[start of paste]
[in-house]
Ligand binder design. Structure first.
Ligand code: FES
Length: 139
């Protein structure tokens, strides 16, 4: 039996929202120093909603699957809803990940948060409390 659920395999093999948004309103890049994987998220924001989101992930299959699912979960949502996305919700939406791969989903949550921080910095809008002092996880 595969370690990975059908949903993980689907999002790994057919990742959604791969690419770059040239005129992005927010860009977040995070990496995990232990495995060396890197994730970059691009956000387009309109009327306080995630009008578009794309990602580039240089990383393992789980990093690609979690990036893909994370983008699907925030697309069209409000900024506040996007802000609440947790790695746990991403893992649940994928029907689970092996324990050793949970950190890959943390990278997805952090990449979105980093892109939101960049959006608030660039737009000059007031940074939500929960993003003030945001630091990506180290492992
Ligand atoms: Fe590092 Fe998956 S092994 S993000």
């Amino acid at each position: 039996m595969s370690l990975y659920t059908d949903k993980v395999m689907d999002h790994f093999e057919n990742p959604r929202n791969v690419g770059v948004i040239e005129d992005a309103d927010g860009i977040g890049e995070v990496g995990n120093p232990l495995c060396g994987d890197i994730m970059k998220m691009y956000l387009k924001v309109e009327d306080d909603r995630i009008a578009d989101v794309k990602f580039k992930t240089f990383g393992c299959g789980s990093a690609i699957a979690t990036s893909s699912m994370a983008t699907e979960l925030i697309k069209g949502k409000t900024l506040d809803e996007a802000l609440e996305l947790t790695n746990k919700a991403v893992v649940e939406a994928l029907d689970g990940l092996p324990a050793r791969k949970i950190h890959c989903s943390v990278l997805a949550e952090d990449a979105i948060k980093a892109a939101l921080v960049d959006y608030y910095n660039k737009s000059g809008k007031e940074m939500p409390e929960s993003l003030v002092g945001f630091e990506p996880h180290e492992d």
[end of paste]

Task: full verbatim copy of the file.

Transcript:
[in-house]
Ligand binder design. Structure first.
Ligand code: FES
Length: 139
């Protein structure tokens, strides 16, 4: 039996929202120093909603699957809803990940948060409390 659920395999093999948004309103890049994987998220924001989101992930299959699912979960949502996305919700939406791969989903949550921080910095809008002092996880 595969370690990975059908949903993980689907999002790994057919990742959604791969690419770059040239005129992005927010860009977040995070990496995990232990495995060396890197994730970059691009956000387009309109009327306080995630009008578009794309990602580039240089990383393992789980990093690609979690990036893909994370983008699907925030697309069209409000900024506040996007802000609440947790790695746990991403893992649940994928029907689970092996324990050793949970950190890959943390990278997805952090990449979105980093892109939101960049959006608030660039737009000059007031940074939500929960993003003030945001630091990506180290492992
Ligand atoms: Fe590092 Fe998956 S092994 S993000």
């Amino acid at each position: 039996m595969s370690l990975y659920t059908d949903k993980v395999m689907d999002h790994f093999e057919n990742p959604r929202n791969v690419g770059v948004i040239e005129d992005a309103d927010g860009i977040g890049e995070v990496g995990n120093p232990l495995c060396g994987d890197i994730m970059k998220m691009y956000l387009k924001v309109e009327d306080d909603r995630i009008a578009d989101v794309k990602f580039k992930t240089f990383g393992c299959g789980s990093a690609i699957a979690t990036s893909s699912m994370a983008t699907e979960l925030i697309k069209g949502k409000t900024l506040d809803e996007a802000l609440e996305l947790t790695n746990k919700a991403v893992v649940e939406a994928l029907d689970g990940l092996p324990a050793r791969k949970i950190h890959c989903s943390v990278l997805a949550e952090d990449a979105i948060k980093a892109a939101l921080v960049d959006y608030y910095n660039k737009s000059g809008k007031e940074m939500p409390e929960s993003l003030v002092g945001f630091e990506p996880h180290e492992d």